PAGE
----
|Publication number||US4204842 A|
|Application number||US 06/002,451|
|Publication date||May 27, 1980|
|Filing date||Jan 10, 1979|
|Priority date||Apr 1, 1976|
|Publication number||002451, 06002451, US 4204842 A, US 4204842A, US-A-4204842, US4204842 A, US4204842A|
|Inventors||Pierre Morel, Yasmine Ortega, Claudette Jullien, Antonin Jullien|
|Original Assignee||Antonin Jullien, Claudette Jullien, Pierre Morel, Yasmine Ortega|
|Export Citation||BiBTeX, EndNote, RefMan|
|Patent Citations (5), Referenced by (21), Classifications (26)|
|External Links: USPTO, USPTO Assignment, Espacenet|
This is a continuation of application Ser. No. 783,476, filed 31 Mar. 1977, now abandoned.
The present invention relates to a recycling process for refuse, household-type garbage, and other organic biodegradable wastes by means of a treatment enabling industrial production of a synthetic gas whose composition and production are controlled.
The collection and disposal of household-type garbage present various important problems. There is, on the one hand, nuisance and pollution and, on the other, waste of raw materials which are destroyed by conventional techniques.
Two methods are currently practiced. In one, household-type garbage is spread in layers 2.50 m thick and covered up with earth; in the other method, it is incinerated.
The first solution causes underground seepage whose composition and spread are not controlled, which represents a danger for the water table and streams.
The second solution presents the inconvenience of producing ashes whose volume is of the order of 30 to 40% of the burned materials. These ashes can be reused only with difficulty and their destruction therefore presents problems. This destruction can be effected only by burial in the ground, whereupon the ground becomes unsuitable either for agriculture or for construction. In addition, the total amount of methane gas used both in industry and in the home comes at the present time from the exploitation of deposits of natural gas. Depending on the location of the deposits, the composition of natural gases varies. Some gases, such as that of LACQ (a site in France), contain constituents which must be entirely eliminated. This operation is costly and heavily influences the sales price. Gas from LACQ, as used, has a calorific power of 9,960 Kcal/m3. Other gases, such as that of Groninger (in the Netherlands), have noncombustible constituents such as carbon dioxide and nitrogen. These two constituents are not eliminated so as not to increase production cost, but their presence influences unfavorably the calorific power which is of the order of 8,400 kcal/m3. Other gases, such as that of HASSI R'MEL (a site in ALGERIA), have an ideal composition which, besides the fact that they do not require prior treatment, confers to them a high calorific power of the order of 10,700 kcal/m3. Cases like the latter are, however, very rare.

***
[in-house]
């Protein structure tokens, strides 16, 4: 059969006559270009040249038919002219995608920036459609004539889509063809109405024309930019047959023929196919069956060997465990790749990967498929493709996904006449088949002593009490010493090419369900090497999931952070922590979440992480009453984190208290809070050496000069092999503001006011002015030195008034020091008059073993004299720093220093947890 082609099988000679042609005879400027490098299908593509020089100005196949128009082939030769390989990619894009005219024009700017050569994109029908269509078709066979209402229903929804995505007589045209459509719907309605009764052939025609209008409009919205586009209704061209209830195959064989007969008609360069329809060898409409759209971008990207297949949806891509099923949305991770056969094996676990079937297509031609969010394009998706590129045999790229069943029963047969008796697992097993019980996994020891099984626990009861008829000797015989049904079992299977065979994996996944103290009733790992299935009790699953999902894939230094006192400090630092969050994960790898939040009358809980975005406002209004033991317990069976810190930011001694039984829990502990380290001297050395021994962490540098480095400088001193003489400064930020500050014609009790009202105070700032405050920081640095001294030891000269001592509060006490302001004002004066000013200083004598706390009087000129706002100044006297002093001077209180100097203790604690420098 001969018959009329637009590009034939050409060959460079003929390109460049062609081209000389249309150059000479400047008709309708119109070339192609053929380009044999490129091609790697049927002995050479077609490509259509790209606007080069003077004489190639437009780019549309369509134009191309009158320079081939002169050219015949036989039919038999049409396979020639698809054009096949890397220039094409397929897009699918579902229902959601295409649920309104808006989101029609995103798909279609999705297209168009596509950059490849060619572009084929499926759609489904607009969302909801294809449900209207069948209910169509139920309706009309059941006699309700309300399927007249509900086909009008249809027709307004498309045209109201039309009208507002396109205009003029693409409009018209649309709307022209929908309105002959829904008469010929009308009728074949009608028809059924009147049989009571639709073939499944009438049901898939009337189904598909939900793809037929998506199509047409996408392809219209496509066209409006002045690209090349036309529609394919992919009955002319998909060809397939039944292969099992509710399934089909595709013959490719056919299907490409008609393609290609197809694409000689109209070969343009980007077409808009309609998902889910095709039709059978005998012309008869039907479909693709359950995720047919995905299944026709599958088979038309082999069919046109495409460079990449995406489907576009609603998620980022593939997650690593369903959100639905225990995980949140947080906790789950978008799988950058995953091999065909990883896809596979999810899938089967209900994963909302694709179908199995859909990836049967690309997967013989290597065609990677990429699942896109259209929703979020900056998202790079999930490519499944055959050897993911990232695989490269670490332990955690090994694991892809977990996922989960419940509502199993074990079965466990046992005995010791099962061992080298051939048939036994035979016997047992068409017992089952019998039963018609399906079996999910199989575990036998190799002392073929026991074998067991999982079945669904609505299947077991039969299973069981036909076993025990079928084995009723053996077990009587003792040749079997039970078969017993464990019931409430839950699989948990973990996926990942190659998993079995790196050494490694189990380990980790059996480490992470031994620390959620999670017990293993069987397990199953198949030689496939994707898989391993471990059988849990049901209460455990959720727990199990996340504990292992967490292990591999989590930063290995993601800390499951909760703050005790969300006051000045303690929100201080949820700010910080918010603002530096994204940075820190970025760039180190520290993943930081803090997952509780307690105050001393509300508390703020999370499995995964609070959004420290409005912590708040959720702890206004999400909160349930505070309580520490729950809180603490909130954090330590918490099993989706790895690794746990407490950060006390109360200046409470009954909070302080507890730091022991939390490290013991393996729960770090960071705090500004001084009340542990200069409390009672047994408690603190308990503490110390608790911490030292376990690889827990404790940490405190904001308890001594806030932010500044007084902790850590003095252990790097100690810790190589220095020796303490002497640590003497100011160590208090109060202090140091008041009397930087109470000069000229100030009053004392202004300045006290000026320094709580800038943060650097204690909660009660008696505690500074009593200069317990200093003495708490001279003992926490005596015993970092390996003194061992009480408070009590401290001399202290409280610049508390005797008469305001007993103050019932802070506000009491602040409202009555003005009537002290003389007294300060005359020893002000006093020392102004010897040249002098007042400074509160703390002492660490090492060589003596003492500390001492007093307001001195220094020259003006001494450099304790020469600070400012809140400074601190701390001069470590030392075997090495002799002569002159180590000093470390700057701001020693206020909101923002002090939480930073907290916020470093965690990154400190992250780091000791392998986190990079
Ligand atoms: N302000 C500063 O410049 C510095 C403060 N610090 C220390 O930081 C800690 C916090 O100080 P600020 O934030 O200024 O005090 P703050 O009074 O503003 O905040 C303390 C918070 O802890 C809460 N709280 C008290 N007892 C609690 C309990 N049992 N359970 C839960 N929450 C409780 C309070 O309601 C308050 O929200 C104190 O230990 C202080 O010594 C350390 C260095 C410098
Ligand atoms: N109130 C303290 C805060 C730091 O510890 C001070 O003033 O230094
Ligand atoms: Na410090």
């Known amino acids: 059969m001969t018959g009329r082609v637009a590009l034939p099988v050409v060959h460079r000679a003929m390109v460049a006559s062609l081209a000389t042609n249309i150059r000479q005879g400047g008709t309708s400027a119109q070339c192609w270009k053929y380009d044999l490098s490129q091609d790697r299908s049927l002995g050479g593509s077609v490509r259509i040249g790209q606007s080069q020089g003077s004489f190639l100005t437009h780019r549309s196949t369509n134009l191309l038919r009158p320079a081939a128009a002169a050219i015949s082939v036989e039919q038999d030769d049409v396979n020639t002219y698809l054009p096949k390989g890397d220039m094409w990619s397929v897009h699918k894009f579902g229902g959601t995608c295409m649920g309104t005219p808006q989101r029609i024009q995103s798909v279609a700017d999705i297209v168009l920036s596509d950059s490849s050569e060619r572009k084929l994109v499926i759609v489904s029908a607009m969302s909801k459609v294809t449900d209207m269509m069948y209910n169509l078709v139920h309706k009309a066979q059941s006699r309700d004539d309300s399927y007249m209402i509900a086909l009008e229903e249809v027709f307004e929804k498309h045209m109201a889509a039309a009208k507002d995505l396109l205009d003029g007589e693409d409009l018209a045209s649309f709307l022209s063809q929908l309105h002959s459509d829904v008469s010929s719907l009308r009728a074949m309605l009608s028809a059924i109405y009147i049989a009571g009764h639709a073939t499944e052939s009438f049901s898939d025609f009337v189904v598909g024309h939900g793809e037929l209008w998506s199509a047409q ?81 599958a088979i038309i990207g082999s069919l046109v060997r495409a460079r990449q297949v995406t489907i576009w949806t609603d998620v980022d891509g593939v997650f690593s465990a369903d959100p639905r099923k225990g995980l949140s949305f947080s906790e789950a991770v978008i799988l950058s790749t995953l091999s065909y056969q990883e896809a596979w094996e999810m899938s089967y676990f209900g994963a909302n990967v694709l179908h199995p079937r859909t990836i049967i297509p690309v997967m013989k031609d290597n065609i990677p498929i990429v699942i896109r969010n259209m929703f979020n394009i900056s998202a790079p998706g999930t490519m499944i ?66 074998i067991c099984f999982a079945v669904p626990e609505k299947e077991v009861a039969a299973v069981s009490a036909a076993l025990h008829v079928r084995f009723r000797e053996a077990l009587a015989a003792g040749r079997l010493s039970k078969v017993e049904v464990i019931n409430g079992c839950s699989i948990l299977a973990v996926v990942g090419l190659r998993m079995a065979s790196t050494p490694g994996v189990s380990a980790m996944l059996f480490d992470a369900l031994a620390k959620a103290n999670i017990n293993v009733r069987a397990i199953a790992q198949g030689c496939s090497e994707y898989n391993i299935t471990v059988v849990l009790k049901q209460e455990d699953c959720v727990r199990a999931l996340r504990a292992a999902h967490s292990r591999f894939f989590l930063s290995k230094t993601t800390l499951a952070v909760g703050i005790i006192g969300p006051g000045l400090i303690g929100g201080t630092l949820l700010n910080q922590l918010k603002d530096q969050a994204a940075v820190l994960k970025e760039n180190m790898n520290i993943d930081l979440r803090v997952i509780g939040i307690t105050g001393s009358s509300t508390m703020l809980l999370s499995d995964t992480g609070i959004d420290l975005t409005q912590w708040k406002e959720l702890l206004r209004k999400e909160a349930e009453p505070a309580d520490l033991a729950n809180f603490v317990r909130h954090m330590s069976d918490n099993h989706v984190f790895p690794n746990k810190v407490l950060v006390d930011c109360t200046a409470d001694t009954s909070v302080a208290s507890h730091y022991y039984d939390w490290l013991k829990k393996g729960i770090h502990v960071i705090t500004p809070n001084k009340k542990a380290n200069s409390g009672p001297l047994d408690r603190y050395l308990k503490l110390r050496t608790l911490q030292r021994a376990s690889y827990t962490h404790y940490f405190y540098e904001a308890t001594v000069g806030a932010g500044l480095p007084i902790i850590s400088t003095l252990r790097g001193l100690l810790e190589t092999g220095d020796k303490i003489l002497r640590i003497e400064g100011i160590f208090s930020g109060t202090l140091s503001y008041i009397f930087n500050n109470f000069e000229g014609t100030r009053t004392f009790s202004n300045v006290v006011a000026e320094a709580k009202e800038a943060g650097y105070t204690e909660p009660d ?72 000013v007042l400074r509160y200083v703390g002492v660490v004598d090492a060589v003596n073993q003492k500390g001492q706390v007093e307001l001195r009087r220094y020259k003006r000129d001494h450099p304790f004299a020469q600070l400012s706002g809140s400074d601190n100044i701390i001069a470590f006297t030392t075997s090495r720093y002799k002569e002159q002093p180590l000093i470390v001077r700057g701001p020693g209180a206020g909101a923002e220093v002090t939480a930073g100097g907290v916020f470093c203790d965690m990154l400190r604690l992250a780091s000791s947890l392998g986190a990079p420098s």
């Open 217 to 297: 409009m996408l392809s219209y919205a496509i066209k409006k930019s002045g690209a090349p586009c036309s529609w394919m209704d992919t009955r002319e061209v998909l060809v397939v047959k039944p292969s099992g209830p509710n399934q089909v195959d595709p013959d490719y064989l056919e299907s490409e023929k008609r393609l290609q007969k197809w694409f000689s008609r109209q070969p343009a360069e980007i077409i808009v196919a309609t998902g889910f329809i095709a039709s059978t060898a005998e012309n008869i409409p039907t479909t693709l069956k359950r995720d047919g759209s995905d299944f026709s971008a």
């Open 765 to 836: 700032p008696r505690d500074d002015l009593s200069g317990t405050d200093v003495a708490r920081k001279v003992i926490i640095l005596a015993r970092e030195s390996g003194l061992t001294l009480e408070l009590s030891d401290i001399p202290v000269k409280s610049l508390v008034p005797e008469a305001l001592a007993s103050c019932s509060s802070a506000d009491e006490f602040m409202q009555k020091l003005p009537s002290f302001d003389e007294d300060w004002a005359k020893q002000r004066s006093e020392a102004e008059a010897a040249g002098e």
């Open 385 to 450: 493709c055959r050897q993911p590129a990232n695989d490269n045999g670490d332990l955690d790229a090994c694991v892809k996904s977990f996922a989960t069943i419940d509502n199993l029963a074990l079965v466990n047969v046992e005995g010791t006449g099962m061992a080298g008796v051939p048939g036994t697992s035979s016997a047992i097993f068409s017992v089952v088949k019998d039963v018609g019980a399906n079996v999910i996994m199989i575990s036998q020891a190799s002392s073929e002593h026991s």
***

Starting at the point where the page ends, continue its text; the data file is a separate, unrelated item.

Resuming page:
An object of our invention is to produce a gas with a strong methane content, therefore possessing good calorific power, from a raw material which is worthless. The production of such a gas could be used in oil refineries where heavy oil is used at present as fuel in the refining process. It is to be noted that half of the production of heavy fuel oil is at present utilized in this manner. Utilization of gas allows therefore to economize on heavy fuel and to utilize the saved portion for other purposes.